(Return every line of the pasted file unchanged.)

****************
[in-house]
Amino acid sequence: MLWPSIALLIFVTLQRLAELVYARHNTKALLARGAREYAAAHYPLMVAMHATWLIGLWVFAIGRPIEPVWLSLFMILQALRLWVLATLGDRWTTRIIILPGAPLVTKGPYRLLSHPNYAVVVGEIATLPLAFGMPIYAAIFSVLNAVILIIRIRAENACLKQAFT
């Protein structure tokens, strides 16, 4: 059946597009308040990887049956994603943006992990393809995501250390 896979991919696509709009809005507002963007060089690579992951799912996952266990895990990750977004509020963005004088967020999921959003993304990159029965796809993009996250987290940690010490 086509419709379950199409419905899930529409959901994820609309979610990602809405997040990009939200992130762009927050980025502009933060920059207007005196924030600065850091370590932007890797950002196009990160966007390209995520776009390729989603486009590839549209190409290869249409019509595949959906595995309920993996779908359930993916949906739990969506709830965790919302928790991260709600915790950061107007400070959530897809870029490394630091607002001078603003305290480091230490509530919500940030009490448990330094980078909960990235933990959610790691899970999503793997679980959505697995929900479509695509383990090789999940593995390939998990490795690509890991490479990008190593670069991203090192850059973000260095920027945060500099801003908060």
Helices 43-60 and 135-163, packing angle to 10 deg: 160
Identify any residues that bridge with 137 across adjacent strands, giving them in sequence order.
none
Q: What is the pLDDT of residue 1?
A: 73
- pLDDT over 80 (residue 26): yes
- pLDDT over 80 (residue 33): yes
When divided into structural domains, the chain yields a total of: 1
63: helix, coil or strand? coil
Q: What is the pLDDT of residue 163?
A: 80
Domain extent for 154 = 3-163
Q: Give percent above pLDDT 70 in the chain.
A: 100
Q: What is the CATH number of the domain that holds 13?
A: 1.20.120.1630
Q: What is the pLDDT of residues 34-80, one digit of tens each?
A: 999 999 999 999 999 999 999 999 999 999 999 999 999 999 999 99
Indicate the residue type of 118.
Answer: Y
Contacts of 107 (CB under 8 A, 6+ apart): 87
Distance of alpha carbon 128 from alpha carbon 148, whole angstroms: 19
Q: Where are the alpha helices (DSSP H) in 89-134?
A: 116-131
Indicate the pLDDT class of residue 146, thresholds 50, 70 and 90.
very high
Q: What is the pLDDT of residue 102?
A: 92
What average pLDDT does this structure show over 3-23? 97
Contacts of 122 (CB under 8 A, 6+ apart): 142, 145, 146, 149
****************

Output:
[in-house]
Amino acid sequence: MLWPSIALLIFVTLQRLAELVYARHNTKALLARGAREYAAAHYPLMVAMHATWLIGLWVFAIGRPIEPVWLSLFMILQALRLWVLATLGDRWTTRIIILPGAPLVTKGPYRLLSHPNYAVVVGEIATLPLAFGMPIYAAIFSVLNAVILIIRIRAENACLKQAFT
């Protein structure tokens, strides 16, 4: 059946597009308040990887049956994603943006992990393809995501250390 896979991919696509709009809005507002963007060089690579992951799912996952266990895990990750977004509020963005004088967020999921959003993304990159029965796809993009996250987290940690010490 086509419709379950199409419905899930529409959901994820609309979610990602809405997040990009939200992130762009927050980025502009933060920059207007005196924030600065850091370590932007890797950002196009990160966007390209995520776009390729989603486009590839549209190409290869249409019509595949959906595995309920993996779908359930993916949906739990969506709830965790919302928790991260709600915790950061107007400070959530897809870029490394630091607002001078603003305290480091230490509530919500940030009490448990330094980078909960990235933990959610790691899970999503793997679980959505697995929900479509695509383990090789999940593995390939998990490795690509890991490479990008190593670069991203090192850059973000260095920027945060500099801003908060």
Helices 43-60 and 135-163, packing angle to 10 deg: 160
Identify any residues that bridge with 137 across adjacent strands, giving them in sequence order.
none
Q: What is the pLDDT of residue 1?
A: 73
- pLDDT over 80 (residue 26): yes
- pLDDT over 80 (residue 33): yes
When divided into structural domains, the chain yields a total of: 1
63: helix, coil or strand? coil
Q: What is the pLDDT of residue 163?
A: 80
Domain extent for 154 = 3-163
Q: Give percent above pLDDT 70 in the chain.
A: 100
Q: What is the CATH number of the domain that holds 13?
A: 1.20.120.1630
Q: What is the pLDDT of residues 34-80, one digit of tens each?
A: 999 999 999 999 999 999 999 999 999 999 999 999 999 999 999 99
Indicate the residue type of 118.
Answer: Y
Contacts of 107 (CB under 8 A, 6+ apart): 87
Distance of alpha carbon 128 from alpha carbon 148, whole angstroms: 19
Q: Where are the alpha helices (DSSP H) in 89-134?
A: 116-131
Indicate the pLDDT class of residue 146, thresholds 50, 70 and 90.
very high
Q: What is the pLDDT of residue 102?
A: 92
What average pLDDT does this structure show over 3-23? 97
Contacts of 122 (CB under 8 A, 6+ apart): 142, 145, 146, 149